Kevin Poulsen is a former computer hacker, whose best known hack involved penetrating telephone company computers in the early 1990s to win radio station phone-in contests. By taking over all the phone lines leading to Los Angeles radio stations, he was able to guarantee that he would be the proper-numbered caller to win, for example, $20,000 in cash, and a Porsche 944 S2 Cabriolet.
When the FBI started pursuing Poulsen, he went underground as a fugitive. He was featured on NBC’s Unsolved Mysteries, and was finally arrested in April 1991 after 18 months on the run. He pleaded guilty to computer fraud and served a little over 5 years in prison. At the time, it was the longest U.S. sentence ever given for hacking.
Following his release from prison Poulsen was briefly barred from using computers. Reformed, but still possessed of the curiosity that contributed to his hacking when he was younger, he became a journalist. His first magazine feature ran in WIRED in 1998, and covered computer programmers who were driven to survivalist tactics by fear of the looming Y2K bug.
When Poulsen’s court supervision expired, he joined a California-based web start-up called SecurityFocus as editorial director in 2000, and began reporting security and hacking news. Poulsen repeatedly broke stories of national importance that were picked up by the mainstream press: a computer intrusion at a U.S. hospital that, for the first time, breached patient medical records ; hackers “war driving” for open Wi-Fi networks; a computer virus crippling a safety system at a nuclear power plant in Ohio; a southern California hacker’s successful penetration of a Secret Service agent’s PDA, and the attendant theft of confidential agency files.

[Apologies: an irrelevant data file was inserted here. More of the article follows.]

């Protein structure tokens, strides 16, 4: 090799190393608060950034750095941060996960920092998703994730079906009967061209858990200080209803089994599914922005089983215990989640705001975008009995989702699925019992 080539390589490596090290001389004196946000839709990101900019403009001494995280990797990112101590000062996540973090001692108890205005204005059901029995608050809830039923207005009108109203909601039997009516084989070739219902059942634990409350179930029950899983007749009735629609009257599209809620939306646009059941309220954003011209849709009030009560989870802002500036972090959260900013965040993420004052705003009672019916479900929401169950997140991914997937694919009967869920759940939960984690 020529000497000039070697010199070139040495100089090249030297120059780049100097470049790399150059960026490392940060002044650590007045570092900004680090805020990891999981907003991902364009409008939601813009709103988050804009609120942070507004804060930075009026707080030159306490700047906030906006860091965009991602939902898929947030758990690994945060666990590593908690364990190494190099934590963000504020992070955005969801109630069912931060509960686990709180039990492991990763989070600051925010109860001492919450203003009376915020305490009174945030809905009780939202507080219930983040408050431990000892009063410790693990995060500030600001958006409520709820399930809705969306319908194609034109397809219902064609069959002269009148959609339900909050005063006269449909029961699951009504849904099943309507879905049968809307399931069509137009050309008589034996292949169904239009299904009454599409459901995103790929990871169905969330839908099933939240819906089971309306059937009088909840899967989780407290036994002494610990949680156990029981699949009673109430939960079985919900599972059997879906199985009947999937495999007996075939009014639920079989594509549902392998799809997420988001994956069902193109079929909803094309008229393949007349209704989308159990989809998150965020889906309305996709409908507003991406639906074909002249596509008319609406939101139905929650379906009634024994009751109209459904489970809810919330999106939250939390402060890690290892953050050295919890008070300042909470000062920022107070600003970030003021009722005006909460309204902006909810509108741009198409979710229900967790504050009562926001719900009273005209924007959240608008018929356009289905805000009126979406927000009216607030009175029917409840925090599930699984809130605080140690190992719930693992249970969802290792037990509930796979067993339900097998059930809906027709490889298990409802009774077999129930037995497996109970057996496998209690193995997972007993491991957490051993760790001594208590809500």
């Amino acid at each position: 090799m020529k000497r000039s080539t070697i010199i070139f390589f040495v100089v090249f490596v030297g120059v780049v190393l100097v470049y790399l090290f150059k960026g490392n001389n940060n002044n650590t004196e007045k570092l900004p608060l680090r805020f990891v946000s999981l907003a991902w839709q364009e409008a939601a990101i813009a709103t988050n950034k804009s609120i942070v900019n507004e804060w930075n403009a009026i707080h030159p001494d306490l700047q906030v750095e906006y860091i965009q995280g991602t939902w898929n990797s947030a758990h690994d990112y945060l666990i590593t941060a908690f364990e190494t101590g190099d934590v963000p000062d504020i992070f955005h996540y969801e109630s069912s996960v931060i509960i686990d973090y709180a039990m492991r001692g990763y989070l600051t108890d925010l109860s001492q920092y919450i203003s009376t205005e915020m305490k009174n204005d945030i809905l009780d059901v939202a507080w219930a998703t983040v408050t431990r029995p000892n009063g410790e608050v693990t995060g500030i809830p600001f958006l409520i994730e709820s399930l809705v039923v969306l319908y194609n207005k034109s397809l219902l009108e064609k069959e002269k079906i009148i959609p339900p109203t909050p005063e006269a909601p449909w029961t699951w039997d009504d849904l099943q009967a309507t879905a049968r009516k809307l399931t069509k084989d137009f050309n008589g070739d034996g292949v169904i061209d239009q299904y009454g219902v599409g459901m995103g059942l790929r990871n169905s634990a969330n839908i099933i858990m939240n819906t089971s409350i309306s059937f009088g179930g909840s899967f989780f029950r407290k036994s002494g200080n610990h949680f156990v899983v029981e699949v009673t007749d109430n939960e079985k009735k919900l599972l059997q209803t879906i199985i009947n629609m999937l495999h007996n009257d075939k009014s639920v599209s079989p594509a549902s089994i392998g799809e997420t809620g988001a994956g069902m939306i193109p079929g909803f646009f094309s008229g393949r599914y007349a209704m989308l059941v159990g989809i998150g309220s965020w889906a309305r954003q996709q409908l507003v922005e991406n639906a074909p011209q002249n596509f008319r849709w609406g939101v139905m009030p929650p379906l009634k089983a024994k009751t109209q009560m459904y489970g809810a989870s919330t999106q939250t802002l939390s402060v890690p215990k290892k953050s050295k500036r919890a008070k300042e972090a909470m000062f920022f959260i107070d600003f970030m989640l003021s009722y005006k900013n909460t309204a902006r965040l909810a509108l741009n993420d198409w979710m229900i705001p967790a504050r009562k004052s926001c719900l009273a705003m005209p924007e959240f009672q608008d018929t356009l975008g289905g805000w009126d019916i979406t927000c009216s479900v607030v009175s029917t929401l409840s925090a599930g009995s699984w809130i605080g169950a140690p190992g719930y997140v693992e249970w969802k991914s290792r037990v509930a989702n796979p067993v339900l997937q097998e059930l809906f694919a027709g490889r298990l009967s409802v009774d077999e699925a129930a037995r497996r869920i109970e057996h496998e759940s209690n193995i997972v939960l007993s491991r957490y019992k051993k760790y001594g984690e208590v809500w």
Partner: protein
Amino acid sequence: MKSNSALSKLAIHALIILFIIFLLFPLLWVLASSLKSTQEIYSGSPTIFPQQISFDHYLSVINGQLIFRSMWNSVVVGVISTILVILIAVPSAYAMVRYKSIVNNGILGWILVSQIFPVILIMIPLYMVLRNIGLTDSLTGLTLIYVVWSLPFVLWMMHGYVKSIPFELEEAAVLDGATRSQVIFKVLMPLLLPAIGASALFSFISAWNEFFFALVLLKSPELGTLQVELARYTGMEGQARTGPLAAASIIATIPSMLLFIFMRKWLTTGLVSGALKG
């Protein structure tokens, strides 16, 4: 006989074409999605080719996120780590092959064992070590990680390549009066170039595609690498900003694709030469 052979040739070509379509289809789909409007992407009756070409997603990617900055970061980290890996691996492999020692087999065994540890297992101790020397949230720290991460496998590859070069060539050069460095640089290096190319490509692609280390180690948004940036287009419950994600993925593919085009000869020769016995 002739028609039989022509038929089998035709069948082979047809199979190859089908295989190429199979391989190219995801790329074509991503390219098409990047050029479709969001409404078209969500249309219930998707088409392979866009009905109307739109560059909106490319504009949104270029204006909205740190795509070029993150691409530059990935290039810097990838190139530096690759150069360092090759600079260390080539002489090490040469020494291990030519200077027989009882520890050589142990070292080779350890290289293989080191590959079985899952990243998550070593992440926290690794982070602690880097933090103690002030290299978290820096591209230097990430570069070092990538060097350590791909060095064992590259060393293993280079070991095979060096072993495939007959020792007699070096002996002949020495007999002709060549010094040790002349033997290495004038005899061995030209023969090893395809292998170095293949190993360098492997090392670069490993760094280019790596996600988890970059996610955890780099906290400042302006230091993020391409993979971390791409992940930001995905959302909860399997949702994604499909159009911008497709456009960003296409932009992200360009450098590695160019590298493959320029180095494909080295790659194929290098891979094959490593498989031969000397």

Poulsen left SecurityFocus in 2005 and joined WIRED. In a computer-assisted reporting effort in 2006, Poulsen wrote software that scoured MySpace for registered sex offenders, identifying hundreds. The story resulted in the arrest of an active pedophile, led to significant policy changes at MySpace and spawned federal legislation. In 2007, Poulsen’s reporting revealed that the FBI had been using a custom spyware program, called a CIPAV, to infect the computers of criminal suspects. In June 2010, Poulsen and a co-writer broke the news that the government had secretly arrested a young Army intelligence analyst in Iraq on suspicion of leaking hundreds of thousands of classified documents to the secret-spilling website WikiLeaks.
Poulsen is a contributing editor at WIRED magazine and was the founding editor of WIRED’s Threat Level blog, which won the 2008 Knight-Batten Award for Innovation in Journalism, and the 2010 MIN award for best blog. Poulsen worked with the late Aaron Swartz to design and develop
SecureDrop, an open-source software platform for secure communication between journalists and sources, now used at over a dozen news organizations including the New Yorker and the Washington Post. He lives in San Francisco with his wife and two children.